Increasing use of CAM therapies in the United States provides an opportunity to reexamine the ethical foundations of western medical practice with renewed attention to the commitment physicians make when entering into a caring relationship with a patient. Physicians routinely balance risks and benefits in decision making, but the advent of CAM therapies challenges physicians to deal responsibly with paradigms of healing that fall outside the boundaries of conventional medical practice and to make decisions in these unfamiliar realms, often in the absence of evidence. Specific details of each case should be factored into a riskbenefit assessment so that a plan of treatment that is clinically reasonable and ethically appropriate can be developed.
The commitment to joint problem solving over time that is a central obligation of the physicianpatient relationship becomes even more important when considering the use of CAM therapies. Elucidating patients' experiences of illness, their hopes and values, and what they see as their best interests is vital if physicians and patients are to find common ground when making decisions in areas of uncertainty. As the body of evidence regarding CAM therapies grows, we hope that the model of decision making we have presented will provide an ethical structure for medical practice in which physicians routinely combine the powerful tools of conventional medicine with those CAM therapies shown to be worthy of clinical integration.
Author and Article Information
From Oregon Health and Science University, Portland, Oregon; Beth Israel Deaconess Medical Center and Harvard Medical School, Boston, Massachusetts; and University of Washington Medical Center, Seattle, Washington.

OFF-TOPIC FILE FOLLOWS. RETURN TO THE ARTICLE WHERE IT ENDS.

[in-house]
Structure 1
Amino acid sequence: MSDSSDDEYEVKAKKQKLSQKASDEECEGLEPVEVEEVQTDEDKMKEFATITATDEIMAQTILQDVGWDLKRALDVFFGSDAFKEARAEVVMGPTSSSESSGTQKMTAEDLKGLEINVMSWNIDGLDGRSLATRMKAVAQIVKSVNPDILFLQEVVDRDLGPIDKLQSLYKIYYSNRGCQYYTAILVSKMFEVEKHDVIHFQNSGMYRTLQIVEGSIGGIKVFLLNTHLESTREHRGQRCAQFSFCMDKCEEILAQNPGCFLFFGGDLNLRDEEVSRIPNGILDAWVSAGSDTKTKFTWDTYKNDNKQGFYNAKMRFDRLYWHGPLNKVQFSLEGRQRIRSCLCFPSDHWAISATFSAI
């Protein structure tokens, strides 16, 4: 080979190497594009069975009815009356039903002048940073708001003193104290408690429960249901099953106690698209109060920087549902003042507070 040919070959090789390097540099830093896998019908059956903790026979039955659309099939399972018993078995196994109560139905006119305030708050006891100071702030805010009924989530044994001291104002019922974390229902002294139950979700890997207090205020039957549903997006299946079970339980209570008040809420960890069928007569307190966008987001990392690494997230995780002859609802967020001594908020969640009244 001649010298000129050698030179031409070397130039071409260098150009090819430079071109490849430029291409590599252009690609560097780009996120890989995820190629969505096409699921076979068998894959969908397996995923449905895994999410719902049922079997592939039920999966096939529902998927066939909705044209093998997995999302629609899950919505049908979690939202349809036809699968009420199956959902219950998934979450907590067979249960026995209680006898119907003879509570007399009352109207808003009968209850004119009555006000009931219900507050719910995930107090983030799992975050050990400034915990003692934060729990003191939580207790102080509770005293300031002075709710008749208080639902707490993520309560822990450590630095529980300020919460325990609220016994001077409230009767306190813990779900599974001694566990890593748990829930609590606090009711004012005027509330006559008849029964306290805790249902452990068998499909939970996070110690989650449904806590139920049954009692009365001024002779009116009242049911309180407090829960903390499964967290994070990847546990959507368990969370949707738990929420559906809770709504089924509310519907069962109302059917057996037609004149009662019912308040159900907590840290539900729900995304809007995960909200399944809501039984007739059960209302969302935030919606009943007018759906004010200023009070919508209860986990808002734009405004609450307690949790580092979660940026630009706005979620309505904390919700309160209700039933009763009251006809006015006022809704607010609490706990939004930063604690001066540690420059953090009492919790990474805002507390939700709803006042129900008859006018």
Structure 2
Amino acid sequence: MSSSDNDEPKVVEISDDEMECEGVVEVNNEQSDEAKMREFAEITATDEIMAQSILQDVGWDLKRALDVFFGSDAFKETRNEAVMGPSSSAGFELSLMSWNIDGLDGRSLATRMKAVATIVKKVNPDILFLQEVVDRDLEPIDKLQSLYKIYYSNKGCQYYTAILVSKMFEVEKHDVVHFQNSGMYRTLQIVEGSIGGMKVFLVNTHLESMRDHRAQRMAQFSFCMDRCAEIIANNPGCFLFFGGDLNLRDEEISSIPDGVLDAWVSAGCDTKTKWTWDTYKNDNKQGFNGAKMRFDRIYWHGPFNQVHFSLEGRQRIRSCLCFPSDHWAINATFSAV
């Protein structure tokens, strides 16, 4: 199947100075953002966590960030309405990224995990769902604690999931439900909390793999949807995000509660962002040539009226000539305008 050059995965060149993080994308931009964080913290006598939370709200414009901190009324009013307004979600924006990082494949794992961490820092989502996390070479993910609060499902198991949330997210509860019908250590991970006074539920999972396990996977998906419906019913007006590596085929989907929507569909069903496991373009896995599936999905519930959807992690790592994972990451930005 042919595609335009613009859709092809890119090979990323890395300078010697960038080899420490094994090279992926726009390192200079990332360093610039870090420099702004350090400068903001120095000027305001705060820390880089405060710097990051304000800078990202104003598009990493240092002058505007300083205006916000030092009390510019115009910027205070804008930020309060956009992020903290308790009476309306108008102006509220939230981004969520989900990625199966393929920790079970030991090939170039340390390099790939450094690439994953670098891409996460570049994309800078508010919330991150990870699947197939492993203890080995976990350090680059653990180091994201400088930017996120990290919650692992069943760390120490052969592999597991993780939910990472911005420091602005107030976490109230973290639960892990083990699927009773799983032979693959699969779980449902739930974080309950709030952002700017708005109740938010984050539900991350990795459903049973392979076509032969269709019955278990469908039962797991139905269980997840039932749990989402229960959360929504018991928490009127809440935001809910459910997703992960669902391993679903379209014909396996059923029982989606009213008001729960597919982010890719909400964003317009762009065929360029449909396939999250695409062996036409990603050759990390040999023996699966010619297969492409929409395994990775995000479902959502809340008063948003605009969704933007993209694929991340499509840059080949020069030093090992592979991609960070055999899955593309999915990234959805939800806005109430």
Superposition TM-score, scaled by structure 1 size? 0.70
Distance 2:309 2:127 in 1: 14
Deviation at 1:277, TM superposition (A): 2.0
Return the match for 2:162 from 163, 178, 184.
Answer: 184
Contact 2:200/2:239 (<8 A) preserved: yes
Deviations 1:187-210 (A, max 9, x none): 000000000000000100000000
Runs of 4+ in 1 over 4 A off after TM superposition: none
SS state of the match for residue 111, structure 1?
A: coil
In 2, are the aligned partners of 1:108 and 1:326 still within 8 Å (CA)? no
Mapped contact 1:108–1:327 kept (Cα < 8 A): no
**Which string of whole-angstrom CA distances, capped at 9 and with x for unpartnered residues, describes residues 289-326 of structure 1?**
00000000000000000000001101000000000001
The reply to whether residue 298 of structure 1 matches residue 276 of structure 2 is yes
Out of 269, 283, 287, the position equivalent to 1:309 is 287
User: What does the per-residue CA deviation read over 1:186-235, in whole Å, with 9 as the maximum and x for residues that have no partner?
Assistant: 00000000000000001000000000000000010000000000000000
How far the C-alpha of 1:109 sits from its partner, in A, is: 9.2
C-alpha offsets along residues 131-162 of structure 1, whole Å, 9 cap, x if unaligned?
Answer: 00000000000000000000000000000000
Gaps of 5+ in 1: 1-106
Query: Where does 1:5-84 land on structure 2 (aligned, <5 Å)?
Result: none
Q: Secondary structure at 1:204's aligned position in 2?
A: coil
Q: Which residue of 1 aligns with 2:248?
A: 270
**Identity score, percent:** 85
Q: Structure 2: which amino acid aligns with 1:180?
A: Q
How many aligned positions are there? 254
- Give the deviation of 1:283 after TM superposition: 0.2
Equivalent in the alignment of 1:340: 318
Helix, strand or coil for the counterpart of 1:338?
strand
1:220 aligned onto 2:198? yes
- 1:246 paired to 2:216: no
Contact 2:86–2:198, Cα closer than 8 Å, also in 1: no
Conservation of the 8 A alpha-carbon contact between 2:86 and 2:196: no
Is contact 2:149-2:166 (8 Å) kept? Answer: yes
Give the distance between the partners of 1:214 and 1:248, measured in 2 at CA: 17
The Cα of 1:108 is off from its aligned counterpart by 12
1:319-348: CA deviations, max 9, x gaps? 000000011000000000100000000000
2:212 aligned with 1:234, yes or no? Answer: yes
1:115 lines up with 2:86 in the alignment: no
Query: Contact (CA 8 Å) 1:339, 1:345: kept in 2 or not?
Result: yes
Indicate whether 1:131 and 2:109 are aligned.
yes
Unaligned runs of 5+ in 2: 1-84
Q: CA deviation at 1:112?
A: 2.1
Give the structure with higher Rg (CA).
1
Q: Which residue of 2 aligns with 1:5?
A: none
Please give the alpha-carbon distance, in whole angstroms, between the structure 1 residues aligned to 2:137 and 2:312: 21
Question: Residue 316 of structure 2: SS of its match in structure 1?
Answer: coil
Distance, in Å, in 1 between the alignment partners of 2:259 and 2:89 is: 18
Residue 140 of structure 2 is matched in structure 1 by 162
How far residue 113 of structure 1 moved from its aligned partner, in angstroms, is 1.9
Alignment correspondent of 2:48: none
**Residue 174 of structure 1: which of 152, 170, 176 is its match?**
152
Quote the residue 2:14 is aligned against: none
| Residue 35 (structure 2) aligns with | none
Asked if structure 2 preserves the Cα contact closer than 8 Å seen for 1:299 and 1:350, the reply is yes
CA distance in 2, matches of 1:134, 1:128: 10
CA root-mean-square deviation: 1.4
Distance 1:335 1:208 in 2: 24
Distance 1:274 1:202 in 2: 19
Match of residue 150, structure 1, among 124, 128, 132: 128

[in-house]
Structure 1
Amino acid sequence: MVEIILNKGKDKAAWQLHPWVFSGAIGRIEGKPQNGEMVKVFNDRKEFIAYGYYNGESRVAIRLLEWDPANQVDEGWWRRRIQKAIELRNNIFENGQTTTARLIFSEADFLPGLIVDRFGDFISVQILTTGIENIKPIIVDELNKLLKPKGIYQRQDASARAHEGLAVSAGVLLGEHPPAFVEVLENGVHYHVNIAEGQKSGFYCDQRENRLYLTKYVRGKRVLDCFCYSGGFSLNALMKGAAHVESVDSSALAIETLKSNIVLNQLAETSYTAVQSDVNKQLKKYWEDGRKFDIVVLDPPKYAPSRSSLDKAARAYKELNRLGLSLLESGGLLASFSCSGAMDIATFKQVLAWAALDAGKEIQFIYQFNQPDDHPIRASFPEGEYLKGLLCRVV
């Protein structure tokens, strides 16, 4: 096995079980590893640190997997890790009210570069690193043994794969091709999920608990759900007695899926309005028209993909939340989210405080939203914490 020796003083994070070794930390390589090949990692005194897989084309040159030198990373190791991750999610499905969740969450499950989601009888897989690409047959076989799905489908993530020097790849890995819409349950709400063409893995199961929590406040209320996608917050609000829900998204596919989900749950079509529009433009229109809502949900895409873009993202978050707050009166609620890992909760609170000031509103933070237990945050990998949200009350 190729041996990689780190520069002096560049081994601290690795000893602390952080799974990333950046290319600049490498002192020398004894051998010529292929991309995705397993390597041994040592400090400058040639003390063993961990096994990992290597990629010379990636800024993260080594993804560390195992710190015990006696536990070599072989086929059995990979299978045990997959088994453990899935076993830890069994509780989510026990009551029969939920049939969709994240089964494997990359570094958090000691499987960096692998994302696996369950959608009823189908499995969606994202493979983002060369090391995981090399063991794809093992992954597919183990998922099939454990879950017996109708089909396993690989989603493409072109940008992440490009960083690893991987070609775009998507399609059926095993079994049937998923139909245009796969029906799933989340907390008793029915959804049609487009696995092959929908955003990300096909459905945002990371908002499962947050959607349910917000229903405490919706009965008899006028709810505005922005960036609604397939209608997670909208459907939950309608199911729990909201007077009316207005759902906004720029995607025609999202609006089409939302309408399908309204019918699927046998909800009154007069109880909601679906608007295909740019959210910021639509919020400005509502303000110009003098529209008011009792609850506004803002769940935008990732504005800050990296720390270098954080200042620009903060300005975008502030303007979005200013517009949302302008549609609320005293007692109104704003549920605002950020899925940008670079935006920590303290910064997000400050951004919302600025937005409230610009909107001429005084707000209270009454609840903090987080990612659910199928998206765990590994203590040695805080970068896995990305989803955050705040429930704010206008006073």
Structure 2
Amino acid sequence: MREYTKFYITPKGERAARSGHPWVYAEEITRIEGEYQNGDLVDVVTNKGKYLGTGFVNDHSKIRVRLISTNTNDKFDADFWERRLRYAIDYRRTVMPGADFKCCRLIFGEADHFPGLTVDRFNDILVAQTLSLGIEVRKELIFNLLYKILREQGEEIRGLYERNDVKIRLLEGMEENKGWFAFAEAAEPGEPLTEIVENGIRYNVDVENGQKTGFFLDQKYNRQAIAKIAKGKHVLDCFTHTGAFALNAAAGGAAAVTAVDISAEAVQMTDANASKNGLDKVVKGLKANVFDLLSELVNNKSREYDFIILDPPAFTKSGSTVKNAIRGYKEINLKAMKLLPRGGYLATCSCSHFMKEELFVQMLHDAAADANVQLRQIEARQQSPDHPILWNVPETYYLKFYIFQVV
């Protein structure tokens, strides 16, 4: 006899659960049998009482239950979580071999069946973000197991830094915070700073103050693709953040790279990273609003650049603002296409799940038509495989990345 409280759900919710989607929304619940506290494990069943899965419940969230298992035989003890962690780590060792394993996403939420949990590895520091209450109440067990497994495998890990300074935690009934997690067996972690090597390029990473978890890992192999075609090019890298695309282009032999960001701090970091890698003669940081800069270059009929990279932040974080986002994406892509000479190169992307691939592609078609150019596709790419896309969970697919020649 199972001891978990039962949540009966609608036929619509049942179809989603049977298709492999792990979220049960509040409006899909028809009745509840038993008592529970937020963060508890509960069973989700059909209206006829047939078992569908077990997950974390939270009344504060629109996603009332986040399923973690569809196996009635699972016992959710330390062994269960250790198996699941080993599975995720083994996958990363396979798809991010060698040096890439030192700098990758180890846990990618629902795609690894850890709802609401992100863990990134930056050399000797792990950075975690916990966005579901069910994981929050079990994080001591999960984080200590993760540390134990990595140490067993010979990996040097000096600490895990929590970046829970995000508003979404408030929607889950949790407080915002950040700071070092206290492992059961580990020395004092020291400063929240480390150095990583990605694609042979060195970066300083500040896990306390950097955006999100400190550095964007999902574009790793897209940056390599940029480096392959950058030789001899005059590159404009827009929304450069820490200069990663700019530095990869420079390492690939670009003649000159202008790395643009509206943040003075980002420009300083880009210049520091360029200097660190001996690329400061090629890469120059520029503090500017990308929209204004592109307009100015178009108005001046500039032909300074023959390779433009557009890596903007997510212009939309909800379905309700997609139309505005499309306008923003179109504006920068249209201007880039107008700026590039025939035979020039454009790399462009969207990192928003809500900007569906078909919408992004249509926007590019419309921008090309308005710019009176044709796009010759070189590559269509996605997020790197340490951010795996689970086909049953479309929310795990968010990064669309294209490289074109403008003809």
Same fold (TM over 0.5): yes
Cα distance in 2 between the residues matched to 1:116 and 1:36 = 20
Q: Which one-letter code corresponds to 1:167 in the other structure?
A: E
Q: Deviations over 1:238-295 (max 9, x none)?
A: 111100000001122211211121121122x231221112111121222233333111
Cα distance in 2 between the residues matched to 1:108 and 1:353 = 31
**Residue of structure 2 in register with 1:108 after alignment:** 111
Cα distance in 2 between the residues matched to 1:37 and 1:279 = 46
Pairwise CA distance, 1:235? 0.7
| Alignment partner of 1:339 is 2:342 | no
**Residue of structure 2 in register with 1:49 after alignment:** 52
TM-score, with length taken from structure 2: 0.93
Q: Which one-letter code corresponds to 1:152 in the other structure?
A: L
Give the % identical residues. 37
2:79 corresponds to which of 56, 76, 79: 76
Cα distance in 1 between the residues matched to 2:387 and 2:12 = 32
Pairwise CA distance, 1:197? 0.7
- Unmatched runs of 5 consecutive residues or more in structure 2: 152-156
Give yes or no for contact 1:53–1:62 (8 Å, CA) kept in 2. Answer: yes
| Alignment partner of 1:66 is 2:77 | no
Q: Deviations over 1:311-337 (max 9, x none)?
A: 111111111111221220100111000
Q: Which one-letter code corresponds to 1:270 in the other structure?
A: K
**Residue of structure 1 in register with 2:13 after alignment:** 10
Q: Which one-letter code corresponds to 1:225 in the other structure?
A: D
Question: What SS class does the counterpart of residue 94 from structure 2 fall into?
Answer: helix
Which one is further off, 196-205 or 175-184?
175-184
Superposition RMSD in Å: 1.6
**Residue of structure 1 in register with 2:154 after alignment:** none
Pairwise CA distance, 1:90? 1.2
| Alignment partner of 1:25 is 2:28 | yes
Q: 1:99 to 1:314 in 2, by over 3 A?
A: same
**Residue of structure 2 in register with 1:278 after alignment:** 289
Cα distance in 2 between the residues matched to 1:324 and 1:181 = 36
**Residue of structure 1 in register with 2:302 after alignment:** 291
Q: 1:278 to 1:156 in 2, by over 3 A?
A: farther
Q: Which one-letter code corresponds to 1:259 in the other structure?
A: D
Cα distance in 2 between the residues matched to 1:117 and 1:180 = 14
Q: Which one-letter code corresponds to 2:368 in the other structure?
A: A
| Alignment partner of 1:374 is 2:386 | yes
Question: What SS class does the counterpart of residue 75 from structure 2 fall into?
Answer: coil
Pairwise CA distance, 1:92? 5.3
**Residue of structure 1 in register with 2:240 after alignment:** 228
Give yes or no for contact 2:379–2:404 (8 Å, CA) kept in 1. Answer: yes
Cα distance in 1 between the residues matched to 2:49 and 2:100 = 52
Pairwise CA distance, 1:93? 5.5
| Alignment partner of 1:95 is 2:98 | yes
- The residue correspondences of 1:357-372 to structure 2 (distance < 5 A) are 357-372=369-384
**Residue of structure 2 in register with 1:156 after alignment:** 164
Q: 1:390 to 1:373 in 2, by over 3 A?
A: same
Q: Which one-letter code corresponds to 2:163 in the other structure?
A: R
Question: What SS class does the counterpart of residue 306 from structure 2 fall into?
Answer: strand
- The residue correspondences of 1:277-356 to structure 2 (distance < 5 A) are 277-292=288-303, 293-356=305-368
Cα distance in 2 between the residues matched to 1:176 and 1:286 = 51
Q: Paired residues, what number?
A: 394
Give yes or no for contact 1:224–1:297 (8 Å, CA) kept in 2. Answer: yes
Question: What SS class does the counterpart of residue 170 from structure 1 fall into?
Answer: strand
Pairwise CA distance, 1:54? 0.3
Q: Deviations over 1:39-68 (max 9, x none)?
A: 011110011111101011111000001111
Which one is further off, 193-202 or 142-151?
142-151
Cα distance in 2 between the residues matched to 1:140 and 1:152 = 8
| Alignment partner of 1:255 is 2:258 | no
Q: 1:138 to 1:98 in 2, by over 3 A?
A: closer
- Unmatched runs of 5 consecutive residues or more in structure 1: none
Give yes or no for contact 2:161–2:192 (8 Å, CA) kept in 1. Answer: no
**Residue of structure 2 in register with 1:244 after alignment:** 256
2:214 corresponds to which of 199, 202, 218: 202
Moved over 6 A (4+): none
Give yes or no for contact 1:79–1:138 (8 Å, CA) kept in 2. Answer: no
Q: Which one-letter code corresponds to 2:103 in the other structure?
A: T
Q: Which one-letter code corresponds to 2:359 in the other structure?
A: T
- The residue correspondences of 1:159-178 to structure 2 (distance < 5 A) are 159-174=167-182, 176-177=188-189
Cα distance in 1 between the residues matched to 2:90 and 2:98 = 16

Acknowledgments: The authors thank the two patients who allowed us to share their stories, Debbie Mosley for invaluable technical assistance, and Martin Donohoe for critical comments.
Grant Support: By unrestricted educational grants from the American Specialty Health Plans, San Diego, California; the Medtronic Foundation, Minneapolis, Minnesota; and the Friends of Beth Israel Deaconess Medical Center, Boston, Massachusetts.
Requests for Single Reprints: Karen E. Adams, MD, Department of Obstetrics and Gynecology UHNSO, Oregon Health and Science University, 3181 SW Sam Jackson Park Road, Portland, OR 97239; e-mail, firstname.lastname@example.org.
Current Author Addresses: Dr. Adams: Department of Obstetrics and Gynecology UHNSO, Oregon Health and Science University, 3181 SW Sam Jackson Park Road, Portland, OR 97239.
Mr. Cohen and Dr. Eisenberg: Center for Alternative Medicine Research and Education, Beth Israel Deaconess Medical Center, 330 Brookline Avenue, Boston, MA, 02215
Dr. Jonsen: University of Washington (Emeritus), 1333 Jones Street, San Francisco, CA 94109.
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